However, there is plenty of scope for improvement - particularly since many users tend to have a single NAS for storing both media as well as other data:

  • Improvement in data transfer rates across all types of accesses
  • Automatic / continuous protection against bit-rot (available for the btrfs cache pool, but not the main XFS volume)
  • Increasing disk sizes (and URE ratings remaining the same) make it a risky proposition to run multi-bay storage servers that can withstand only the failure of one disk.
  • Compared to solutions like FreeNAS, NAS4Free and Rockstor, unRAID is closed-source and carries a licensing fee (ranging from $59 for the Basic version to $129 for the Pro).

We have provided a brief overview of unRAID and what v6.0 brings to the table. More information can be gleaned from Lime Technology's FAQs. If you are an unRAID user, feel free to chime in with more information / opinions in the comments section.

Source: Lime Technology: UnRAID Server OS 6 Released

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  • trueg50 - Monday, July 27, 2015 - link

    Neat, this is basically EMC's "FAST VP" Auto-tiering mechanism when LUN's are set to "write high then auto-tier" at least in regards to the write cache. I wonder if this functions as a read cache as well or if it is strictly write cache.

    Nice to see "smaller guys" introducing Enterprise level features like this any how.
    Reply
  • blaktron - Monday, July 27, 2015 - link

    Except that enterprise SANs don't bottleneck performance to keep parity and cache through. They also store data on RAW disks and use off-disk access tables to keep performance extra high. This sounds like a colossal waste of space with no real benefit until you're into large arrays, where 5+0 is probably a better, safer solution for anyone not using a SAN. Reply
  • trueg50 - Monday, July 27, 2015 - link

    Yea, I don't see enough info to tell how good idea their use of RAID levels are, but having one disk for it might be an issue. In an EMC world those +2TB 7200RPM disks should be RAID 6 (typically 6+2) since the long rebuild time increase risks of double drive failures, so I'd be worried about having one parity disk. I also don't see mention of Hot spares.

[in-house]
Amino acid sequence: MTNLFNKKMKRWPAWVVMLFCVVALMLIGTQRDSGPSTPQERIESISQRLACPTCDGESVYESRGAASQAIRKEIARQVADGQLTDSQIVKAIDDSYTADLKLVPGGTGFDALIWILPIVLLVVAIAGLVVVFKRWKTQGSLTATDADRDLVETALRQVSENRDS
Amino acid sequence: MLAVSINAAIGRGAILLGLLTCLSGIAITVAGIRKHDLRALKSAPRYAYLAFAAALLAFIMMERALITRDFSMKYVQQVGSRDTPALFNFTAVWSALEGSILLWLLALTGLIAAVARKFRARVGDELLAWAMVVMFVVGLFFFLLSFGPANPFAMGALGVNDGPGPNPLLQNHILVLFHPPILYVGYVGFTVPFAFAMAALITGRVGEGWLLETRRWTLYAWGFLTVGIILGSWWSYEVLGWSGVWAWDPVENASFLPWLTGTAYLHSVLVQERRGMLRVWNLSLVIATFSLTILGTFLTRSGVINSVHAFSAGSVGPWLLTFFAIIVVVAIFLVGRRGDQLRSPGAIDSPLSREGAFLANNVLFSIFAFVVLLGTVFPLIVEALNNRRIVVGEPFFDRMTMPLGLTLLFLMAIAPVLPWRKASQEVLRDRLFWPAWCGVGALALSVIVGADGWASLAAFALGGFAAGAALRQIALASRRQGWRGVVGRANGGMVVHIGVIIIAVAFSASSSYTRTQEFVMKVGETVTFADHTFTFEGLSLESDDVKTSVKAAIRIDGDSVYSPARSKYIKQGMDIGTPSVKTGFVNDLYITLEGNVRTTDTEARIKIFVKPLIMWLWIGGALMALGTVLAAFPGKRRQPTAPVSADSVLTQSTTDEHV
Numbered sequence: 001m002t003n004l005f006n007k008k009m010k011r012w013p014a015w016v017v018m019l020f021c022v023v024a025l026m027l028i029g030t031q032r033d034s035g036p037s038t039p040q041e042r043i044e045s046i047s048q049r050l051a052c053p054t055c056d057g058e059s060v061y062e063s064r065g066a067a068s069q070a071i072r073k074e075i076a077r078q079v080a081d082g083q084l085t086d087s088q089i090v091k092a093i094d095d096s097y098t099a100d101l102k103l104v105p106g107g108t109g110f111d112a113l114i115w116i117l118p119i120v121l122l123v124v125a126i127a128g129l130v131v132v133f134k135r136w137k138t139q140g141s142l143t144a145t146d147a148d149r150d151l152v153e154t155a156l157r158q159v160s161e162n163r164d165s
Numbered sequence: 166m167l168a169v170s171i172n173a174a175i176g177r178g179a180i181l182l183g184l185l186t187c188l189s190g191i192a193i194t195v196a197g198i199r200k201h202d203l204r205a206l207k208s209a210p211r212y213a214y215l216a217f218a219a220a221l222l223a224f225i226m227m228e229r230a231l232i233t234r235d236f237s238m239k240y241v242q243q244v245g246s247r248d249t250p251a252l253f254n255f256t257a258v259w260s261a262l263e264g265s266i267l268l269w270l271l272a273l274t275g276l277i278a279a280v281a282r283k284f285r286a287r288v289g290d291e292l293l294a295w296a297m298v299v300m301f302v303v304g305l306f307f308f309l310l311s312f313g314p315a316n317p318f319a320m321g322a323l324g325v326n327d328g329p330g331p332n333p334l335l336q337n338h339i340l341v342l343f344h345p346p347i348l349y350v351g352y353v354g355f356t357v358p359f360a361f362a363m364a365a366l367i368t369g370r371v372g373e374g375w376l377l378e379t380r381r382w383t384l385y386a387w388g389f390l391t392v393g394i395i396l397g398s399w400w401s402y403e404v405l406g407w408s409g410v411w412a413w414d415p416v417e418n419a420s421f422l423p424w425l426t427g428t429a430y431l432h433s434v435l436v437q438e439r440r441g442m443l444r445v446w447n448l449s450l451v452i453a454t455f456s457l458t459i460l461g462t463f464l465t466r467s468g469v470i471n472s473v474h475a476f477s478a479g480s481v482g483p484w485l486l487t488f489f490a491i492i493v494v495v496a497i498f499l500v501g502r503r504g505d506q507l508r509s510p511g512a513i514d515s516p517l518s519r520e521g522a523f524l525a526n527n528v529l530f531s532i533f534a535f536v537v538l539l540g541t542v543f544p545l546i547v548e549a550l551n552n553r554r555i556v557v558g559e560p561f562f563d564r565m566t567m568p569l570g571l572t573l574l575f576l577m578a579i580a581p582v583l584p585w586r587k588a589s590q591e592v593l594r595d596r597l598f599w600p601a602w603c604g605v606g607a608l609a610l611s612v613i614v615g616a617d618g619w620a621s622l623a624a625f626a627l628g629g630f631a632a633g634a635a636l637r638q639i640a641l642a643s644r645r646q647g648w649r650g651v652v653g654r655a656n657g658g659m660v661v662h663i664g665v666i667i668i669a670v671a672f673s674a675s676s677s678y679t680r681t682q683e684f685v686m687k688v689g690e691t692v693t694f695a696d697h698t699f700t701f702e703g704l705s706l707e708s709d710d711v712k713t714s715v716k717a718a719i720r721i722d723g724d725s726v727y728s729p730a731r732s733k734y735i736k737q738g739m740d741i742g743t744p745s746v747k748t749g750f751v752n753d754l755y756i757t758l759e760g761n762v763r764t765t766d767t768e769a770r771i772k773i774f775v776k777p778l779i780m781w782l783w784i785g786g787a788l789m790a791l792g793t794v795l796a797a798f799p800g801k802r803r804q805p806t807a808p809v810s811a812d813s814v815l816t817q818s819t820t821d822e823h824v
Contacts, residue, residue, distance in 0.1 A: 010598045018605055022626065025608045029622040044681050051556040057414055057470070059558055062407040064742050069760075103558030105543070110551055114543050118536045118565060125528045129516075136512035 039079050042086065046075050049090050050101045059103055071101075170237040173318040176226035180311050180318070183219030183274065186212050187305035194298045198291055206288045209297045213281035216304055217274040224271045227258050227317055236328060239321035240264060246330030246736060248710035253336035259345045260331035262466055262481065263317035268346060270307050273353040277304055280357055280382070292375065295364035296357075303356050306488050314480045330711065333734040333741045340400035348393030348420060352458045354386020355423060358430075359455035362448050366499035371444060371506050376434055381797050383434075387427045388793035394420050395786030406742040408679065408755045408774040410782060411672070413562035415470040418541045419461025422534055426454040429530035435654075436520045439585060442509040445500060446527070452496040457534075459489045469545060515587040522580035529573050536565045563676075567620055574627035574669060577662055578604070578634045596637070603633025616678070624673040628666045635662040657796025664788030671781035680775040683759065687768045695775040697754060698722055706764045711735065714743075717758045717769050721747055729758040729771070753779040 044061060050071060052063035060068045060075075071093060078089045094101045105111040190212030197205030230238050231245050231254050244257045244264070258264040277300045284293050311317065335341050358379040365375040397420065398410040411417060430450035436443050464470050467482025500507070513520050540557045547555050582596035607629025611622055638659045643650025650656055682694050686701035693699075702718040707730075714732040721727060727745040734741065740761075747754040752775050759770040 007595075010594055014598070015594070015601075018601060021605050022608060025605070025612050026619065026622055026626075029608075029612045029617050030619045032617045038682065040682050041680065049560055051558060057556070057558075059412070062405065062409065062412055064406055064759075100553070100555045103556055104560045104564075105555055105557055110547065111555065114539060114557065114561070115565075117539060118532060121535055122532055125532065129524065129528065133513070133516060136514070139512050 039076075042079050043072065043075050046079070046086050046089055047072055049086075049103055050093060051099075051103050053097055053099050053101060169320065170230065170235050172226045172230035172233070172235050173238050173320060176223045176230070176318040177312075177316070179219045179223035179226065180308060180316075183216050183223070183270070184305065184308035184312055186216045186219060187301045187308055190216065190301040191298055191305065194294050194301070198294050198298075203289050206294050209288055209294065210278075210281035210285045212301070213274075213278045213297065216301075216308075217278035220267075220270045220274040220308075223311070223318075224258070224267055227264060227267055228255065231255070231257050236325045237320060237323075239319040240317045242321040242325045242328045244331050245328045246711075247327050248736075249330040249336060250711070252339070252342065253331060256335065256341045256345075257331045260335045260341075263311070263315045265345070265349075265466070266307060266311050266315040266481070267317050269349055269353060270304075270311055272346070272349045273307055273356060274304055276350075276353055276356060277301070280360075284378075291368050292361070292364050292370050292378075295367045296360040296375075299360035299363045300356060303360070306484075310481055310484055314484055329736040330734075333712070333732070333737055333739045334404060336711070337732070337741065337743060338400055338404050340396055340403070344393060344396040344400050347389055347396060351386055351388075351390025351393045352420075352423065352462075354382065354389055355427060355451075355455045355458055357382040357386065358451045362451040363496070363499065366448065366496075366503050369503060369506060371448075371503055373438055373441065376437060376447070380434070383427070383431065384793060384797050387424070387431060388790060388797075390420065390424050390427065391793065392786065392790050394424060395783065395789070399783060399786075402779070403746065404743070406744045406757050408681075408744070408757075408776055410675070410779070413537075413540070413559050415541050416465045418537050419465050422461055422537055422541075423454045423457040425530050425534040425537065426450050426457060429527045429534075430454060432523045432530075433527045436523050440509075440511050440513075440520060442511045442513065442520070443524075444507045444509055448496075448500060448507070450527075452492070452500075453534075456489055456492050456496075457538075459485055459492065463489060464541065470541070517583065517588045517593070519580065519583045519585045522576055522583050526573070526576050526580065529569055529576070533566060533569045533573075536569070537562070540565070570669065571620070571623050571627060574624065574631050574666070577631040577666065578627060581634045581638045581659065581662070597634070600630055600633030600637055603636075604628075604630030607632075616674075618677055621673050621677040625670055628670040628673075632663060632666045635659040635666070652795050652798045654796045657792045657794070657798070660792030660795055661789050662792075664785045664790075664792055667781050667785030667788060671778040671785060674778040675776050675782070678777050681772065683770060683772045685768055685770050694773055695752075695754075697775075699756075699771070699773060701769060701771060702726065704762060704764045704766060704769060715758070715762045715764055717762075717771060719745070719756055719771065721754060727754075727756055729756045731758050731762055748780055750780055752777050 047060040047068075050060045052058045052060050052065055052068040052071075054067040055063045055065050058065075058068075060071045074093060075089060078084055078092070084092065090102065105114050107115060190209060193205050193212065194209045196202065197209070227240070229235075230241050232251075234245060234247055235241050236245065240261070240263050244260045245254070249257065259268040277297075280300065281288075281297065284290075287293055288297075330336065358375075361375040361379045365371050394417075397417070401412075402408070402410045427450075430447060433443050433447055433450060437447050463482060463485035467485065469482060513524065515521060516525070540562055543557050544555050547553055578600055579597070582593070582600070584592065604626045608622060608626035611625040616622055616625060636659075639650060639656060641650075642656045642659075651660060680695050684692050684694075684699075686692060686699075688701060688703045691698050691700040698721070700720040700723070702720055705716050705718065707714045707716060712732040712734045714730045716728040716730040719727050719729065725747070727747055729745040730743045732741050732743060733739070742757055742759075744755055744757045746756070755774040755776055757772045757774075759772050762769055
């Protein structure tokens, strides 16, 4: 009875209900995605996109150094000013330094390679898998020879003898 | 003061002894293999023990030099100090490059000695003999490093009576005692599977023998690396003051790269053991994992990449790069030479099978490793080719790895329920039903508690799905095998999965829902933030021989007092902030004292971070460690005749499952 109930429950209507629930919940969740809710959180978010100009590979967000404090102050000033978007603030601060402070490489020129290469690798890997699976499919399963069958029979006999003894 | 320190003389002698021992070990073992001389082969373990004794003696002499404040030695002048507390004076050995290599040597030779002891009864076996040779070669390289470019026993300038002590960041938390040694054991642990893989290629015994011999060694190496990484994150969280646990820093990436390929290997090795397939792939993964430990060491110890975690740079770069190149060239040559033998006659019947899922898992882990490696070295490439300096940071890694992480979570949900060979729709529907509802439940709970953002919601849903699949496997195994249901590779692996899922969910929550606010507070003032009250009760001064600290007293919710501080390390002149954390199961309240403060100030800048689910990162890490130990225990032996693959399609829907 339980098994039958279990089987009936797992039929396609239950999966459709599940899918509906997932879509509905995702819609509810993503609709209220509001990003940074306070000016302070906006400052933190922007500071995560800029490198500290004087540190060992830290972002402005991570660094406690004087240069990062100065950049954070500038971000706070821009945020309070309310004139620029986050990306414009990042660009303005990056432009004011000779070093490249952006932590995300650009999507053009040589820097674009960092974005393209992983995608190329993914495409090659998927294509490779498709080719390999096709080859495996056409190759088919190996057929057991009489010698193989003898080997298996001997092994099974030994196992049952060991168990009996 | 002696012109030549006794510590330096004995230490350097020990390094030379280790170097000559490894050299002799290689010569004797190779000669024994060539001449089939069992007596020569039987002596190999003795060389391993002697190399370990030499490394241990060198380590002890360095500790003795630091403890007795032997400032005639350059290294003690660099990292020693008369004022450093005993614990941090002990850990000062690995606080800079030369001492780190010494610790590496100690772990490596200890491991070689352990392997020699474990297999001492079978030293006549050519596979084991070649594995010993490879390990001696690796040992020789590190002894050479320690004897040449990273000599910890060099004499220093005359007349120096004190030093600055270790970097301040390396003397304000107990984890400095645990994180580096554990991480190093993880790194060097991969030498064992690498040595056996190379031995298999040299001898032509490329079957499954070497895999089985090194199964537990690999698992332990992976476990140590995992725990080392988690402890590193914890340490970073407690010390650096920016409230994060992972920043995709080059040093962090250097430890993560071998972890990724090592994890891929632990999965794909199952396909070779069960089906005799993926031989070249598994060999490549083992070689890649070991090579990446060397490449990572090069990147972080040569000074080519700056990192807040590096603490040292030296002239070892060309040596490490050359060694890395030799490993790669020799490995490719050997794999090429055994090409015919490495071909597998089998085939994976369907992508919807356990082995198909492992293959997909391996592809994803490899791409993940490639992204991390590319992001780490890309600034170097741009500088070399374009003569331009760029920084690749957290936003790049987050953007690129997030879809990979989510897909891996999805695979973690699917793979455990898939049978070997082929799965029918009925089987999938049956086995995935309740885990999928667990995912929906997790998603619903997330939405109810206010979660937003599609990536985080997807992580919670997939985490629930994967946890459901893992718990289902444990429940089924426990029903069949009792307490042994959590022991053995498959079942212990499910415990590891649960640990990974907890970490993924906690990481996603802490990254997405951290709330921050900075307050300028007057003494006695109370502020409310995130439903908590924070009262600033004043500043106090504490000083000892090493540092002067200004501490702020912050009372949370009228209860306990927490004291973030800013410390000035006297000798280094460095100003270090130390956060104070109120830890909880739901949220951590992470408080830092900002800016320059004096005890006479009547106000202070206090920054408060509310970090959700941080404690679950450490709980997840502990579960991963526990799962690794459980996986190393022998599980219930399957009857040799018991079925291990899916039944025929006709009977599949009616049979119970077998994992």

This use of the Cache SSD's is great for buffering writes to the disks, it also can keep you from shooting your self in the foot when it comes to over-committing the NL-SAS or SATA drives.

    One common issue is overloading the SATA drives, this can cause array write cache to fill and eventually make the array pause incoming write IO until the write cache is written to disk. Having a layer of SSD to write to can be useful, though it is dependent on how the SSD tier is used. Does it fully flush overnight? Is it treated strictly as a write cache tier, or is it an active data tier?
    Reply
  • 3DoubleD - Monday, July 27, 2015 - link

    The cache drive is strictly a write cache. It is pretty simple. All shares designated to use the cache drive record writes on the cache drive. At a designated time, the cache drive contents are written to the parity protected array. Currently I have my cache drive set to transfer at around 3 am.

    As for the parity disk, it is possible to run a raid 1 array for the parity drive. For years Limetech has promised a 2nd parity disk option, but that has yet to materialize. Double drive failures are still incredibly rare. If you browse the forums, you'll only find a handful of cases where this has happened without some special circumstance. Also, the contents of the data drives are completely readable if two drives fail. So if you parity + 1 data drive fail, you only lose one drive worth of data. The only way to lose all your data is for all of your drives to fail.